‘Lust for Life’ celebrates regional arts

. January 17, 2018.
Book-Feature_-Lust-For-Life-

What does it mean to have a lust for life?

On Saturday, January 20, a free, one-of-a-kind event will answer that question. ‘I Got a Lust for Life’: The Unique Words and Sounds of Northwest Ohio and Southeast Michigan is an exploration of the African American Great Migration, through panel discussion, poetry performance and musical tribute.

Coming together

Kimberly Mack, an associate professor in African American literature at the University of Toledo, was a catalyst behind the event, along with her UT colleague Mysoon Rizk, associate professor of art. Mack explained that the program “comes out of a desire to document and celebrate the synergies between literature and music [ . . . ] and Toledo and Detroit, and the ways in which creative expression in these regions reflect the impact of the African American Great Migration.

“We also want people to see that literature and music made by people in Northwest Ohio and Southeast Michigan share more in common across discipline and space than might be immediately assumed,” Mack said.

The event’s traveling setup and free admission makes for a unique opportunity for attendees.

“We are hopeful that [free admission] will encourage people to move between the two cities and attend both events,” Mack added. “And, taking the long view, perhaps this will encourage people who might not normally move between the cities for arts events, to do so in the future.”

Rizk, who also serves as director for the Roger Ray Institute for the Humanities, said she hopes the event will lead to similar opportunities in the future. “Both Toledo and Detroit are at exciting junctures in their respective histories, each having endured depression, each undergoing cultural revival, and each offering audiences many exciting opportunities for engagement,” she said. “If nothing else, we hope this program provides new opportunities for networking and collaborating among residents of northwest Ohio and southeast Michigan.”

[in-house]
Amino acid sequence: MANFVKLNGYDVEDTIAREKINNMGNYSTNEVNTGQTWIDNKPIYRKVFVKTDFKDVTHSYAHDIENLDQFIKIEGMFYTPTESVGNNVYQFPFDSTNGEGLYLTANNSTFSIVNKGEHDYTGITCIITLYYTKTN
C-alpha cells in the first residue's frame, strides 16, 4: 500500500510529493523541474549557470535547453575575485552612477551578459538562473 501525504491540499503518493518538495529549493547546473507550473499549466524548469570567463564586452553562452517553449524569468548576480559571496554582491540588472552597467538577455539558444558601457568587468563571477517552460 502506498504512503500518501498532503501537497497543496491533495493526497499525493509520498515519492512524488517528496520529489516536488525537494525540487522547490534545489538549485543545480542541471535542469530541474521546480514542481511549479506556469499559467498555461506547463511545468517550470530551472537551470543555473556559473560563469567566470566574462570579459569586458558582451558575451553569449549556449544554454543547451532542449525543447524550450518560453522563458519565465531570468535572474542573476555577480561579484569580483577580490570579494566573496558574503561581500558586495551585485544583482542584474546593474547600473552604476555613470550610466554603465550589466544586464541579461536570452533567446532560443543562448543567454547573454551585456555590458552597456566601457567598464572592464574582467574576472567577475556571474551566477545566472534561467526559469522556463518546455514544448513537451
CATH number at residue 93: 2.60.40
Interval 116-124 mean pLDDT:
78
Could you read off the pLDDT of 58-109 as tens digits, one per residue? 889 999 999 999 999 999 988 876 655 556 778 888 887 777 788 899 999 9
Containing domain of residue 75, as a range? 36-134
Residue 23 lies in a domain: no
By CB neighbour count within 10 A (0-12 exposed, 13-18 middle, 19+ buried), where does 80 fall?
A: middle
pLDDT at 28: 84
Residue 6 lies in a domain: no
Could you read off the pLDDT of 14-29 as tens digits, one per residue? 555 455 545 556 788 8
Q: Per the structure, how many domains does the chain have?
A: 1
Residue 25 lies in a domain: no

Register for the free event via Eventbrite (tinyurl.com/y966bnuz), or via the Facebook event. A separate event is linked for free shuttle bus signups [tinyurl.com/ybycrm5p]. Wayne State University Schaver Music Recital Hall, 480 W. Hancock St., Detroit. Toledo-Lucas County Main Library, 325 N. Michigan St. Toledo Museum of Art, 2445 Monroe St.

Sponsored by The Roger Ray Institute for the Humanities and the University of Toledo, the event starts in Detroit and ends in Toledo, with buses shuttling between the cities. Transportation is free, and Toledoans can catch the 8am bus from the Toledo-Lucas County Public Library Main Branch (325 N. Michigan St.) to Wayne State. A panel discussion opens the event at 10am on the Wayne State Campus at Schaver Recital Music Hall (480 W. Hancock St., Detroit), and includes Ben Blackwell, Third Man Records co-founder, and jazz singer Ramona Collins.

At 12:30pm a shuttle will depart from Schaver to the Toledo-Lucas County Main Library where author Tyehimba Jess (pictured above) will read from his 2017 Pulitzer-winning work Olio that depicts the lives of black performers in the early 1800s.

At 6pm, the event will move to the Toledo Museum of Art for a panel session that will include Tad Weed, associate professor of jazz piano at the University of Toledo, Detroit-based opera singer Frances Brockington, and award-winning Detroit poet M.L. Lieber. There will also be a musical tribute to Toledo jazz legend Jon Hendricks.